On the previous page, we learned how to create custom types with the
type keyword. Our primary example was a
User in a chat room:
type User = Regular String | Visitor String
So we have our custom type, but how do we actually use it?
Say we want a
toName function that decides on a name to show for each
User. We need to use a
toName : User -> String toName user = case user of Regular name -> name Visitor name -> name
User value can come in two different variants. The
case expression allows us to branch based on which variant we happen to see. Here are some example uses:
toName (Regular "Thomas") == "Thomas" toName (Visitor "kate95") == "kate95"
And if we try invalid arguments like
toName (Visitar "kate95") or
toName Anonymous, the compiler tells us about it immediately. This means many “silly mistakes” can be fixed in seconds, rather than making it to users and costing a lot more time overall.
Say we want to track the age of
Regular users so we can try to encourage cross-generational discussions in our chat room. We first add that to our custom type:
type User = Regular String Int | Visitor String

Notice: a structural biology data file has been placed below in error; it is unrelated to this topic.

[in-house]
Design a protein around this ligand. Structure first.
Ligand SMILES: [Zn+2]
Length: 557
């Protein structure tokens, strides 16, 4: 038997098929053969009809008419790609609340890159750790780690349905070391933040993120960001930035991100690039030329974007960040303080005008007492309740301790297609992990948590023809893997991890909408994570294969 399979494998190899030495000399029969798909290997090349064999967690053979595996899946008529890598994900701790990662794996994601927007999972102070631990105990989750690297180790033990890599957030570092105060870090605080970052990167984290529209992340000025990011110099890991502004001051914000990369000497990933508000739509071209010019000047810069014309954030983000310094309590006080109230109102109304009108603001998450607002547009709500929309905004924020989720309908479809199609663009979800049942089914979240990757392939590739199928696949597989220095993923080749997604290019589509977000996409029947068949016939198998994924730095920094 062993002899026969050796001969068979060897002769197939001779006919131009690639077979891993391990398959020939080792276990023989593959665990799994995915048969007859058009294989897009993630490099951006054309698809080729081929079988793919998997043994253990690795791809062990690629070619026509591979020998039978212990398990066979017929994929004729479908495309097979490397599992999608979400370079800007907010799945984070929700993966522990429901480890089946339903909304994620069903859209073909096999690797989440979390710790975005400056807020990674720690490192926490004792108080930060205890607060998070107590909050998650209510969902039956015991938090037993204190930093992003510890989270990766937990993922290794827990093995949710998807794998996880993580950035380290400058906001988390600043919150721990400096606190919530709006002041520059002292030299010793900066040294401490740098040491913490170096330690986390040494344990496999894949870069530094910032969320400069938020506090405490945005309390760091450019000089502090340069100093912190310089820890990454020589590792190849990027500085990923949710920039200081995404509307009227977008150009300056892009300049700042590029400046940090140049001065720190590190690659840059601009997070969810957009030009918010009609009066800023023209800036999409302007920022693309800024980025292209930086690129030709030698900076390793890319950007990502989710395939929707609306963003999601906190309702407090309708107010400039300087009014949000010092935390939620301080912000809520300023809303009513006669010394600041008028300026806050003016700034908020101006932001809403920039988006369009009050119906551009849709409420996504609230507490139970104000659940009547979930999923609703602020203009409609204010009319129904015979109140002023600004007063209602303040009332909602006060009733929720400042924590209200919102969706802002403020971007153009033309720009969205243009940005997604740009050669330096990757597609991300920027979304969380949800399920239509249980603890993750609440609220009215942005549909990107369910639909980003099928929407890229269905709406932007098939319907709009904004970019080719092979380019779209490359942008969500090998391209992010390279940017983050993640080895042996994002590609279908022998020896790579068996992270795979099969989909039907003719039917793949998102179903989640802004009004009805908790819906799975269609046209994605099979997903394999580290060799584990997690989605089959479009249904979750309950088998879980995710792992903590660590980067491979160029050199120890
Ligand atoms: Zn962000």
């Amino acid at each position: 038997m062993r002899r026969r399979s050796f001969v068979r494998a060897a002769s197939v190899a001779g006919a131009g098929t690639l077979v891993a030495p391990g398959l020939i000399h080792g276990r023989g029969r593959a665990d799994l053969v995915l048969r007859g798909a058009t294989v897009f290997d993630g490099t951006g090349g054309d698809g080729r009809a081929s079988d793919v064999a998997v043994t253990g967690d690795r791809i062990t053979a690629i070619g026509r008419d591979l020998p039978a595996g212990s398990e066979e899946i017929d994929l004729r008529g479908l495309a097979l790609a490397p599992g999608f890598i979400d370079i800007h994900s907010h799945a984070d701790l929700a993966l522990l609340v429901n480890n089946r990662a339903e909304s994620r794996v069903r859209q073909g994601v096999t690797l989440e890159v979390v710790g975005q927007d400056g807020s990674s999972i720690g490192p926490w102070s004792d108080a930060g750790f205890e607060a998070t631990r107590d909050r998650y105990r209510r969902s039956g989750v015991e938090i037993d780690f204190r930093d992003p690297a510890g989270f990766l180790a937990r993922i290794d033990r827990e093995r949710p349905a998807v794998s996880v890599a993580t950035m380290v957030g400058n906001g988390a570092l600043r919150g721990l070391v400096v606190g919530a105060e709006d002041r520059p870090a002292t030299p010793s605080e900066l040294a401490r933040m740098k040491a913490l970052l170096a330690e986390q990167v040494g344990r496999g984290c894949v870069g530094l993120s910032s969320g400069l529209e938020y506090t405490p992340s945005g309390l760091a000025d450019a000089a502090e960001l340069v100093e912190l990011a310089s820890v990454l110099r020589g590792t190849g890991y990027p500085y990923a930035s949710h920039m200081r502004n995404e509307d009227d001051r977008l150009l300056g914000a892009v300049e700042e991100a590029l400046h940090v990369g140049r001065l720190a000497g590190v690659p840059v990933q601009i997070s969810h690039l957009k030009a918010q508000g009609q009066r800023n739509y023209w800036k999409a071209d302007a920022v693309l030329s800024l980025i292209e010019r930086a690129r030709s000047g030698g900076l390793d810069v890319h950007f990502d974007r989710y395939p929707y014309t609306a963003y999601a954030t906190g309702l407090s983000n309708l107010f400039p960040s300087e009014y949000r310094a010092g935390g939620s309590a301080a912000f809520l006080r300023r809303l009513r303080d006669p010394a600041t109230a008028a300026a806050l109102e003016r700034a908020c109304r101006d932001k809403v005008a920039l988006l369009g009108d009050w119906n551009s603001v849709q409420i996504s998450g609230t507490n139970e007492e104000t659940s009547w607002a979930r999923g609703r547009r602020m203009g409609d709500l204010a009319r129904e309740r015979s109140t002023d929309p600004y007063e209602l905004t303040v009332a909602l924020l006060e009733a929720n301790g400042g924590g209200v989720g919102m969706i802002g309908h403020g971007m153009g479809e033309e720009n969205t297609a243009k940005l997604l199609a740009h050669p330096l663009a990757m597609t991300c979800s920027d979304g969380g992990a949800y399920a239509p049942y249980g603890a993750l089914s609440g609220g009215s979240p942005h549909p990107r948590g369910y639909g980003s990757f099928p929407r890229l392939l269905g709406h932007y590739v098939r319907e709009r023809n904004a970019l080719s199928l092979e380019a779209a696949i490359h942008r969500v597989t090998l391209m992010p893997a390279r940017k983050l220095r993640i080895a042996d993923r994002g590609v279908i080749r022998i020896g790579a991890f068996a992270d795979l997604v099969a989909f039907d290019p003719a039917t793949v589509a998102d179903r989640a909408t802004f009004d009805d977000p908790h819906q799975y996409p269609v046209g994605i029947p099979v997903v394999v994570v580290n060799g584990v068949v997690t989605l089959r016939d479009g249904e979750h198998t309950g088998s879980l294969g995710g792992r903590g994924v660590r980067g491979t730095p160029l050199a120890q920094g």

At this point, the compiler will tell us about every single
case expression that needs to be updated as a result. So for
toName we might update to:
toName : User -> String toName user = case user of Regular name age -> name ++ " (" ++ String.fromInt age ++ ")" Visitor name -> name
I decided that I want to show the age as part of the display name, but maybe it should be displayed some other way. The important point is just that the compiler actively asks you to consider this question!
This is especially helpful when you start refactoring in large codebases. Say you have 20
case expressions that handle
User values. They are scattered throughout a bunch of different files. The files are written and maintained by different people. And say someone adds a
Anonymous variant to
type User = Regular String Int | Visitor String | Anonymous
The compiler will inform you about all 20
case expressions that need to be updated. You can hop around deciding exactly how to handle
Anonymous users in each situation.
I feel like this sounds pretty boring, but experientially, it is one of my favorite things about languages like Elm. You change a type and then the compiler helps you methodically make the necessary updates. I find it strangely relaxing. Maybe because I get to focus on the fun programming puzzles, but without the anxiety about forgetting something and spending hours trying to figure out what it was. Unclear!
Note: When refactoring is easy, it changes the dynamics of large projects quite significantly.
But when refactoring is easy, it actually works better to make changes as you learn more about the problem. Do not worry about it so much. If you get something wrong, just fix it when you find out. I describe this change in mindset in more detail in The Life of a File.